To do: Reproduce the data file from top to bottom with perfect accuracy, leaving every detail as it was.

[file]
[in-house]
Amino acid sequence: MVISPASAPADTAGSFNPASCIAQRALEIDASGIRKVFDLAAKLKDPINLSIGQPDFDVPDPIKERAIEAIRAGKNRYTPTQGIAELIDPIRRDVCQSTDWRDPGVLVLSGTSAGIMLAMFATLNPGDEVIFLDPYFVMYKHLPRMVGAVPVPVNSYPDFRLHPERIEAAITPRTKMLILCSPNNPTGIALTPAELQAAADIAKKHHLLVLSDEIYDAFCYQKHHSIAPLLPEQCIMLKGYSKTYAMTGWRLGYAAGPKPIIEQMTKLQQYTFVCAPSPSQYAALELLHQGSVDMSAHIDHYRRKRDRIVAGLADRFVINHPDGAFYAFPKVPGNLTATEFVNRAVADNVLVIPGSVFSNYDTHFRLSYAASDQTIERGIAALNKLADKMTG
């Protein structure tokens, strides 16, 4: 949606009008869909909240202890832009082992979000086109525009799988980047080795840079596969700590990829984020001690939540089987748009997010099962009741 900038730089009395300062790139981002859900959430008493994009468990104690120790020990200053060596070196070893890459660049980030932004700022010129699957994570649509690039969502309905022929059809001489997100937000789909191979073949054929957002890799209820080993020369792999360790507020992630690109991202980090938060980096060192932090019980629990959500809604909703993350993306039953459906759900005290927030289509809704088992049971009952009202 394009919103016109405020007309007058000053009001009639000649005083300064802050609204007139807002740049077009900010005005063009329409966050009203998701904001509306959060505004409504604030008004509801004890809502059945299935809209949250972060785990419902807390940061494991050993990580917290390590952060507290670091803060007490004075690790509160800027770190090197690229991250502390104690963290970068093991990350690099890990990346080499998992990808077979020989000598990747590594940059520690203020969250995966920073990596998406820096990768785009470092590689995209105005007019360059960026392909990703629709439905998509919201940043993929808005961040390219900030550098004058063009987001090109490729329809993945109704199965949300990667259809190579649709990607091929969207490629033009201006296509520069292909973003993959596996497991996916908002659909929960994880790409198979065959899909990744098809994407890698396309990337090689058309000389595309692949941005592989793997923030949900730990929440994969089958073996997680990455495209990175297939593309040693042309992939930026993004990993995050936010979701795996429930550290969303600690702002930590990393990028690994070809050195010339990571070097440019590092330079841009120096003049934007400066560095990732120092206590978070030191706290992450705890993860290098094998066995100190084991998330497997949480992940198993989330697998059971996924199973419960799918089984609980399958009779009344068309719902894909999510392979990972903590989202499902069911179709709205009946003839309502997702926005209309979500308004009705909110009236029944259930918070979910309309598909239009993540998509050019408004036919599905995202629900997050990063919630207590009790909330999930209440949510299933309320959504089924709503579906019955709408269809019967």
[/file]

[in-house]
Amino acid sequence: MVISPASAPADTAGSFNPASCIAQRALEIDASGIRKVFDLAAKLKDPINLSIGQPDFDVPDPIKERAIEAIRAGKNRYTPTQGIAELIDPIRRDVCQSTDWRDPGVLVLSGTSAGIMLAMFATLNPGDEVIFLDPYFVMYKHLPRMVGAVPVPVNSYPDFRLHPERIEAAITPRTKMLILCSPNNPTGIALTPAELQAAADIAKKHHLLVLSDEIYDAFCYQKHHSIAPLLPEQCIMLKGYSKTYAMTGWRLGYAAGPKPIIEQMTKLQQYTFVCAPSPSQYAALELLHQGSVDMSAHIDHYRRKRDRIVAGLADRFVINHPDGAFYAFPKVPGNLTATEFVNRAVADNVLVIPGSVFSNYDTHFRLSYAASDQTIERGIAALNKLADKMTG
């Protein structure tokens, strides 16, 4: 949606009008869909909240202890832009082992979000086109525009799988980047080795840079596969700590990829984020001690939540089987748009997010099962009741 900038730089009395300062790139981002859900959430008493994009468990104690120790020990200053060596070196070893890459660049980030932004700022010129699957994570649509690039969502309905022929059809001489997100937000789909191979073949054929957002890799209820080993020369792999360790507020992630690109991202980090938060980096060192932090019980629990959500809604909703993350993306039953459906759900005290927030289509809704088992049971009952009202 394009919103016109405020007309007058000053009001009639000649005083300064802050609204007139807002740049077009900010005005063009329409966050009203998701904001509306959060505004409504604030008004509801004890809502059945299935809209949250972060785990419902807390940061494991050993990580917290390590952060507290670091803060007490004075690790509160800027770190090197690229991250502390104690963290970068093991990350690099890990990346080499998992990808077979020989000598990747590594940059520690203020969250995966920073990596998406820096990768785009470092590689995209105005007019360059960026392909990703629709439905998509919201940043993929808005961040390219900030550098004058063009987001090109490729329809993945109704199965949300990667259809190579649709990607091929969207490629033009201006296509520069292909973003993959596996497991996916908002659909929960994880790409198979065959899909990744098809994407890698396309990337090689058309000389595309692949941005592989793997923030949900730990929440994969089958073996997680990455495209990175297939593309040693042309992939930026993004990993995050936010979701795996429930550290969303600690702002930590990393990028690994070809050195010339990571070097440019590092330079841009120096003049934007400066560095990732120092206590978070030191706290992450705890993860290098094998066995100190084991998330497997949480992940198993989330697998059971996924199973419960799918089984609980399958009779009344068309719902894909999510392979990972903590989202499902069911179709709205009946003839309502997702926005209309979500308004009705909110009236029944259930918070979910309309598909239009993540998509050019408004036919599905995202629900997050990063919630207590009790909330999930209440949510299933309320959504089924709503579906019955709408269809019967």